Double Coverage: Award Time

Ken Palmer and Paul Schwartz collaborate to give their own awards to deserving Giants' players for the season.

Paul Schwartz: Sure, the regular season is gone, but it's not forgotten here at Double Coverage. We like to reminisce about the good (yes, there was some), the bad (so much to choose from) and the ugly (you ever see Kenny Palmer's training camp attire?) from the Giants 2006 season. My offensive MVP is Tiki Barber. Gee, what a shocking selection. There's no other option and it's remarkable that the guy had the most prolific rushing season (1,662 yards) of any NFL player in history during his last year in the league. My second choice would be David Diehl, who plays every game. My defensive MVP is Fred Robbins. Don't laugh. The obvious pick is Antonio Pierce and his team-leading 159 tackles and he's a fine choice. But Robbins has exceeded everyone's expectations. Remember back in the summer when it seemed like he was headed to the bench? Well, he started all 16 games, had 62 tackles and a surprising 5.5 sacks, a team-high three fumble recoveries and a shocking two interceptions. Quite a season. For rookie of the year, it's Barry Cofield. The big guy at nose tackle has worn down late in the season but he made it through 16 starts and did a decent job against the run. It hasn't exactly been a banner year for this draft class and although Mathias Kiwanuka shows great promise, he can't get the award because of two really bad plays: Letting Vince Young escape and an awful fumble after an interception.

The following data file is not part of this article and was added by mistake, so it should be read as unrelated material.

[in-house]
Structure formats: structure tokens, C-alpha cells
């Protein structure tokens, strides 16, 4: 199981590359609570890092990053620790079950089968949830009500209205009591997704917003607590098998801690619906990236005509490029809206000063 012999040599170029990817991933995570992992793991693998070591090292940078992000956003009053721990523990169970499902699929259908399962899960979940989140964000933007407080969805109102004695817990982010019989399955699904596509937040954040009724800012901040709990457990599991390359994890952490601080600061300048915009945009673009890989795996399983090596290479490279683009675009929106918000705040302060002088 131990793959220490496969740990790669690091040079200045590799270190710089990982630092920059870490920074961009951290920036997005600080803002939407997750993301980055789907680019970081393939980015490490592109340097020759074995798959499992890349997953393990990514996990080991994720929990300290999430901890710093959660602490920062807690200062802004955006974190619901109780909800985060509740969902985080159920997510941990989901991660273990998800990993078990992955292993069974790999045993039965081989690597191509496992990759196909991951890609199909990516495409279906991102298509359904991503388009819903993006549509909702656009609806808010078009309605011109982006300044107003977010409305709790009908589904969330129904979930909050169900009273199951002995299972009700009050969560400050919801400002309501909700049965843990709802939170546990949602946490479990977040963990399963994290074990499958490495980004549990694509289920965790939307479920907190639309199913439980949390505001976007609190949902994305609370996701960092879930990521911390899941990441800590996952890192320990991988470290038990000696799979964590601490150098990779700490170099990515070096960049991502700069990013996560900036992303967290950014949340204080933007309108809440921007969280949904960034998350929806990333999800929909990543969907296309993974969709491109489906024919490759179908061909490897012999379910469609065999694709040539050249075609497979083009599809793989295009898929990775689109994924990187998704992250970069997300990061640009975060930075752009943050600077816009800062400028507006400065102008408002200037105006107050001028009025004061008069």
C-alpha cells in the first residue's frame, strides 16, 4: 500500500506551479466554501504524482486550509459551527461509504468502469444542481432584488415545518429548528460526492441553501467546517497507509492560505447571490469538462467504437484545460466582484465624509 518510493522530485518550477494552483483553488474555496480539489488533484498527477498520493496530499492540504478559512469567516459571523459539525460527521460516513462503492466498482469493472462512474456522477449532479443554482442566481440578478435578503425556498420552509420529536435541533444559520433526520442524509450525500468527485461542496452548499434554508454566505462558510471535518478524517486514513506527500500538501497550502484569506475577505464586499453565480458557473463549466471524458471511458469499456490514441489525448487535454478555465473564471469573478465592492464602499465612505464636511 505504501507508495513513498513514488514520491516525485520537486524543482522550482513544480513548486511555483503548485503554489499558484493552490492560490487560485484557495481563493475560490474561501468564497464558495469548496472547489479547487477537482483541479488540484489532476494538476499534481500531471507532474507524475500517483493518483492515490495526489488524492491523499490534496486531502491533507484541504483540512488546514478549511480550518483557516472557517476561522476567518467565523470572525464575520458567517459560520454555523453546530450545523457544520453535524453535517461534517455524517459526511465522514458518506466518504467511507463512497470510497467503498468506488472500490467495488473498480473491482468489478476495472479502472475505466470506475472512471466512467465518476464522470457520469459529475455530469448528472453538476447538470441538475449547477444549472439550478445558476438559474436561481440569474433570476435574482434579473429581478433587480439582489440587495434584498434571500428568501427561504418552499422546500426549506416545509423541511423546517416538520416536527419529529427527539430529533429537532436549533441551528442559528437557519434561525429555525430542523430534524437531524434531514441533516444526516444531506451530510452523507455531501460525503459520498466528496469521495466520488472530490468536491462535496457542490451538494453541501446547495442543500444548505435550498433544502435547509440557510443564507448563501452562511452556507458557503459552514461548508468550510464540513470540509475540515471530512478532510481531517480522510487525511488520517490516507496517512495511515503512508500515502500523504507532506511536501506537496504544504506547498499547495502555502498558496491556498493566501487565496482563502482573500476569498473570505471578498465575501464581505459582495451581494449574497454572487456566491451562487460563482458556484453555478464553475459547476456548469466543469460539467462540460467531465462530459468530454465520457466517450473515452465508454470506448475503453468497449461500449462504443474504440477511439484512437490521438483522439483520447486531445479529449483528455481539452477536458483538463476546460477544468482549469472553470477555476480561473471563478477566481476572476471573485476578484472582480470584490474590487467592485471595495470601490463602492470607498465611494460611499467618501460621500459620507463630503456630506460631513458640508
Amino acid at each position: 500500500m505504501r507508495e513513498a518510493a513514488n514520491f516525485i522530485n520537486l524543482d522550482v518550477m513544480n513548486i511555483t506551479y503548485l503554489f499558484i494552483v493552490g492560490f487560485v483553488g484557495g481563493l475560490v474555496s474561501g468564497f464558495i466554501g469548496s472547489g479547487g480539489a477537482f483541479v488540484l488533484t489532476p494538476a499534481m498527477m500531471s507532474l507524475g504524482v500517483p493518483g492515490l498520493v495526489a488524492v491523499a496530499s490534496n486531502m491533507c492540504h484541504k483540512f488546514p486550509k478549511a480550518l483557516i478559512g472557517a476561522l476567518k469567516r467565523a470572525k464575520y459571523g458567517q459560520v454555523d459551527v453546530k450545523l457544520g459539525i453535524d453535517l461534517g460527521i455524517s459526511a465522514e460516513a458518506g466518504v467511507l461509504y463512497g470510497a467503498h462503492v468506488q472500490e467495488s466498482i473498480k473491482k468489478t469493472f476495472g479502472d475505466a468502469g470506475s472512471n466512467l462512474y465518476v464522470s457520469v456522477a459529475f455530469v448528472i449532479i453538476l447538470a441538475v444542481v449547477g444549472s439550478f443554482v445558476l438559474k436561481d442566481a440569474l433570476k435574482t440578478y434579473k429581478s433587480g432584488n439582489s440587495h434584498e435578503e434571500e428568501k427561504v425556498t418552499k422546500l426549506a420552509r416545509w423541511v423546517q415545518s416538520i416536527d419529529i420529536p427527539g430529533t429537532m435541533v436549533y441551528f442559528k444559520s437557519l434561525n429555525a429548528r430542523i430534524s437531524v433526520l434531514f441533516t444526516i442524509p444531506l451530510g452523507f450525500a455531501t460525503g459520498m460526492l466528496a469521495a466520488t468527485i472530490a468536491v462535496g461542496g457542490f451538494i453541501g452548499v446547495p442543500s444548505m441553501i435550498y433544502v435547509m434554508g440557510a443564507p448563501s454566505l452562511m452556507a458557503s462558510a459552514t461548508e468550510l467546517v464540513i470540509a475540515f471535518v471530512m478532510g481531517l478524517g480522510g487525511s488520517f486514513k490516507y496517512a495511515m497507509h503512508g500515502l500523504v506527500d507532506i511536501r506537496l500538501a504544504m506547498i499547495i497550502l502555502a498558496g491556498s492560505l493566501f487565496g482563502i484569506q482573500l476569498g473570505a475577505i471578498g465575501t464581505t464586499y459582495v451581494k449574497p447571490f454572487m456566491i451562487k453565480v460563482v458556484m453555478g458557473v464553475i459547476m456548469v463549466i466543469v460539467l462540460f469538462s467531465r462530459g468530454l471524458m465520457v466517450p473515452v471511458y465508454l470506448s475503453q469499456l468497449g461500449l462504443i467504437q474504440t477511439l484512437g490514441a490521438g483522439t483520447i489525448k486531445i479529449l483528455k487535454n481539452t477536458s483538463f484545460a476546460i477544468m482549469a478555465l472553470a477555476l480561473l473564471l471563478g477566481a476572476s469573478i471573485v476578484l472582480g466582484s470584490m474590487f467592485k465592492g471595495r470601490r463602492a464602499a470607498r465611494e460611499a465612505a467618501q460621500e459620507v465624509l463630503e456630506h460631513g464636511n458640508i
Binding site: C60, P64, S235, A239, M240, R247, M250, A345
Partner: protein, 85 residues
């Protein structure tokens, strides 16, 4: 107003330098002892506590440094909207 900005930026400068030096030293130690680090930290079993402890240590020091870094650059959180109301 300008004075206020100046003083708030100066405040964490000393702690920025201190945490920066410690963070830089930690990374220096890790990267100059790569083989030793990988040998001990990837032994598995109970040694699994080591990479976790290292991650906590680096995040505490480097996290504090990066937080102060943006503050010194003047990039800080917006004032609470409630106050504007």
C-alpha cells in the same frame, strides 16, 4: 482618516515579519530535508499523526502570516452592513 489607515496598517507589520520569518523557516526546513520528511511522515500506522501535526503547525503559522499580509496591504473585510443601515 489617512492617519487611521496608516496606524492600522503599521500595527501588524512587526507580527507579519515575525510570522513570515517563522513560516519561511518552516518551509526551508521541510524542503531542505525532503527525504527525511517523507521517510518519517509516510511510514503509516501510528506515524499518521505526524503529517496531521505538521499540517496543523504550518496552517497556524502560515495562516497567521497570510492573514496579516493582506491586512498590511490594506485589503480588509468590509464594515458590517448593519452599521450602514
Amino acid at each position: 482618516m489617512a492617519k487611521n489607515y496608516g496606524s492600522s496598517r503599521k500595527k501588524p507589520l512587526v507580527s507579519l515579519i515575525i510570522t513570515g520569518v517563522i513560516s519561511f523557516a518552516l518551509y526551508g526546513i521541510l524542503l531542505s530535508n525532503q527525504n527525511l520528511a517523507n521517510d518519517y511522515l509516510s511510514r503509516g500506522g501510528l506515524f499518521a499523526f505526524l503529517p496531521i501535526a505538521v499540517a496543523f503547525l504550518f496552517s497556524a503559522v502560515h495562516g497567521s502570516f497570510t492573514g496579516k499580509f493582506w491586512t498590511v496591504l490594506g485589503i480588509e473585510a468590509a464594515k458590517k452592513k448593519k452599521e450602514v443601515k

Ken Palmer: Gee, Paul, it took all season, but apparently you're finally starting to get it. Tiki Barber was the obvious offensive MVP. No one else even comes close. Plaxico Burress? Yeah, he makes quite a difference in the passing game, but he has to be a distant second. As for your love affair with Diehl (and yes I'm starting to truly believe that your lovely wife should be worried), he wasn't even amongst the two Giants offensive linemen named by their peers as Pro Bowl alternates. You want an OL worthy of MVP consideration? Two candidates are Chris Snee and Shaun O'Hara. You did nail it correctly regarding Robbins though. One of the main reasons that Pierce had the superb season he did was because Robbins was doing his job up front. And he obviously wasn't just occupying blockers, as his standout Pro Bowl-level stats would attest. And to complete the unlikely hat trick of Schwartz accuracies, Cofield was indeed the Giants' top rookie. Before all's said and done, names like Moss and Kiwanuka – and maybe even Wilkinson – will be viewed with higher regard than Cofield from the draft class of ‘06, but big Barry was by far the best freshman this season.

PS: For once, your choices are correct. Our next assignment is to determine what we're most pleased and displeased with from this season. I'd like to say I'm most pleased with the lovely holiday card I received from Tom Coughlin, but I suppose it got lost in the mail. Oh, well. You know what, here's a strange one, but I'm most pleased with the return of Jeff Feagles. We all thought he was headed toward retirement but at the age of 40 he decided to give it a go for NFL season No. 19. It's a pleasure watching the guy punt the ball with skill and precision, placing the ball exactly where he wants it virtually every kick. I hope he comes back for a 20th season because he's a gentleman, a joy to talk to and plus, he makes me feel young. There are so many things to be displeased with around this team. Topping my list is the sluggish development of Eli Manning. I was a major Eli supporter and thought he was on his way to greatness. Now I don't know what the heck he's on his way to. I can't say he's appreciably better at this moment than he was one year ago. He sure is frustrating to watch, with his throwing the ball while back-pedaling, his lack of accuracy, his flat personality. I still believe there's more there and maybe a new support system (new offensive coaches around him) can bring it out of him.